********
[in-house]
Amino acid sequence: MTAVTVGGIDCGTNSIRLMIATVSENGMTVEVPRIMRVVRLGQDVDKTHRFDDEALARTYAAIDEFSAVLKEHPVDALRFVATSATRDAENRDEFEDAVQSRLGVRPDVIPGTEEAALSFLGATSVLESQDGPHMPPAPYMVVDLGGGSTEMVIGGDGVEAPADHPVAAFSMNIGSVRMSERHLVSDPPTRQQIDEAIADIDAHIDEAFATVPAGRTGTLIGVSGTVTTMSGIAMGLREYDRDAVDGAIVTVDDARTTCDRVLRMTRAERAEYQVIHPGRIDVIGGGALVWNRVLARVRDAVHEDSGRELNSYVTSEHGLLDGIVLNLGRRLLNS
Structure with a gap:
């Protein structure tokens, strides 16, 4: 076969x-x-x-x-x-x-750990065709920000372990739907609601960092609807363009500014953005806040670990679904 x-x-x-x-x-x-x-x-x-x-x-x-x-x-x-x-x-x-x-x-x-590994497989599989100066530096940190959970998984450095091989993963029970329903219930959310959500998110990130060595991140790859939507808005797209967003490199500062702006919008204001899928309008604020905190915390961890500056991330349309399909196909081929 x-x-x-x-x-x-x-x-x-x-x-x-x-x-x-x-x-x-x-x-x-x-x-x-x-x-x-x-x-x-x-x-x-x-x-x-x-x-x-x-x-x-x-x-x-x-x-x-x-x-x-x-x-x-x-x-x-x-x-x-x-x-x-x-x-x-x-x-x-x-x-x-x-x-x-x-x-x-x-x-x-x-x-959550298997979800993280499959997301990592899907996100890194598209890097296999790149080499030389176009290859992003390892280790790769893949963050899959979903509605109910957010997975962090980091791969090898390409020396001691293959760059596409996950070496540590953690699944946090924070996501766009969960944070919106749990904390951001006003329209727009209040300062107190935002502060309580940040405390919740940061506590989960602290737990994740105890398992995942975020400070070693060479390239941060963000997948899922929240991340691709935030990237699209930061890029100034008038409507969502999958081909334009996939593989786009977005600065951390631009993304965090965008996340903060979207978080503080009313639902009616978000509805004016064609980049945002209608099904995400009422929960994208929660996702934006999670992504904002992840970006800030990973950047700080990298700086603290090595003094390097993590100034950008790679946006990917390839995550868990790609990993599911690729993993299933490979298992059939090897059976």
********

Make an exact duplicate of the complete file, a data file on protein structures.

[in-house]
Amino acid sequence: MTAVTVGGIDCGTNSIRLMIATVSENGMTVEVPRIMRVVRLGQDVDKTHRFDDEALARTYAAIDEFSAVLKEHPVDALRFVATSATRDAENRDEFEDAVQSRLGVRPDVIPGTEEAALSFLGATSVLESQDGPHMPPAPYMVVDLGGGSTEMVIGGDGVEAPADHPVAAFSMNIGSVRMSERHLVSDPPTRQQIDEAIADIDAHIDEAFATVPAGRTGTLIGVSGTVTTMSGIAMGLREYDRDAVDGAIVTVDDARTTCDRVLRMTRAERAEYQVIHPGRIDVIGGGALVWNRVLARVRDAVHEDSGRELNSYVTSEHGLLDGIVLNLGRRLLNS
Structure with a gap:
């Protein structure tokens, strides 16, 4: 076969x-x-x-x-x-x-750990065709920000372990739907609601960092609807363009500014953005806040670990679904 x-x-x-x-x-x-x-x-x-x-x-x-x-x-x-x-x-x-x-x-x-590994497989599989100066530096940190959970998984450095091989993963029970329903219930959310959500998110990130060595991140790859939507808005797209967003490199500062702006919008204001899928309008604020905190915390961890500056991330349309399909196909081929 x-x-x-x-x-x-x-x-x-x-x-x-x-x-x-x-x-x-x-x-x-x-x-x-x-x-x-x-x-x-x-x-x-x-x-x-x-x-x-x-x-x-x-x-x-x-x-x-x-x-x-x-x-x-x-x-x-x-x-x-x-x-x-x-x-x-x-x-x-x-x-x-x-x-x-x-x-x-x-x-x-x-x-959550298997979800993280499959997301990592899907996100890194598209890097296999790149080499030389176009290859992003390892280790790769893949963050899959979903509605109910957010997975962090980091791969090898390409020396001691293959760059596409996950070496540590953690699944946090924070996501766009969960944070919106749990904390951001006003329209727009209040300062107190935002502060309580940040405390919740940061506590989960602290737990994740105890398992995942975020400070070693060479390239941060963000997948899922929240991340691709935030990237699209930061890029100034008038409507969502999958081909334009996939593989786009977005600065951390631009993304965090965008996340903060979207978080503080009313639902009616978000509805004016064609980049945002209608099904995400009422929960994208929660996702934006999670992504904002992840970006800030990973950047700080990298700086603290090595003094390097993590100034950008790679946006990917390839995550868990790609990993599911690729993993299933490979298992059939090897059976």